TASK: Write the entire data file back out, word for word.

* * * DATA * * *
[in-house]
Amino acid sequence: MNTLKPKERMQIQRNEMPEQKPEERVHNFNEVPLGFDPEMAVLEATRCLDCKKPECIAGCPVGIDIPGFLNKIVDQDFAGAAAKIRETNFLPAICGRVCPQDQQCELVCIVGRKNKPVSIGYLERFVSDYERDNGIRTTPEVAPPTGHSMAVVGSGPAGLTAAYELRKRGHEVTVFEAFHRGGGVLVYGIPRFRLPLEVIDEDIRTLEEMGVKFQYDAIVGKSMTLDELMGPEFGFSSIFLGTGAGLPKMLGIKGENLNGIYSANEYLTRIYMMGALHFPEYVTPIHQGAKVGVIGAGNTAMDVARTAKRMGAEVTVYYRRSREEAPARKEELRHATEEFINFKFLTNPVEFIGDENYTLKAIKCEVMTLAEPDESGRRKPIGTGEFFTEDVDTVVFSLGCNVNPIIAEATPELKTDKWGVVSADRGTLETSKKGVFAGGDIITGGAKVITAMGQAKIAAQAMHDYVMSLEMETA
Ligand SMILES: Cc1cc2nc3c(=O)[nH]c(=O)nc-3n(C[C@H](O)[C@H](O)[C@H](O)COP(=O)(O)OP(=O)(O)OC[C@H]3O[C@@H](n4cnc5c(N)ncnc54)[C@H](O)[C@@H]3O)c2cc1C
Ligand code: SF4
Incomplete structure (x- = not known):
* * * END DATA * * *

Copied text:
[in-house]
Amino acid sequence: MNTLKPKERMQIQRNEMPEQKPEERVHNFNEVPLGFDPEMAVLEATRCLDCKKPECIAGCPVGIDIPGFLNKIVDQDFAGAAAKIRETNFLPAICGRVCPQDQQCELVCIVGRKNKPVSIGYLERFVSDYERDNGIRTTPEVAPPTGHSMAVVGSGPAGLTAAYELRKRGHEVTVFEAFHRGGGVLVYGIPRFRLPLEVIDEDIRTLEEMGVKFQYDAIVGKSMTLDELMGPEFGFSSIFLGTGAGLPKMLGIKGENLNGIYSANEYLTRIYMMGALHFPEYVTPIHQGAKVGVIGAGNTAMDVARTAKRMGAEVTVYYRRSREEAPARKEELRHATEEFINFKFLTNPVEFIGDENYTLKAIKCEVMTLAEPDESGRRKPIGTGEFFTEDVDTVVFSLGCNVNPIIAEATPELKTDKWGVVSADRGTLETSKKGVFAGGDIITGGAKVITAMGQAKIAAQAMHDYVMSLEMETA
Ligand SMILES: Cc1cc2nc3c(=O)[nH]c(=O)nc-3n(C[C@H](O)[C@H](O)[C@H](O)COP(=O)(O)OP(=O)(O)OC[C@H]3O[C@@H](n4cnc5c(N)ncnc54)[C@H](O)[C@@H]3O)c2cc1C
Ligand code: SF4
Incomplete structure (x- = not known):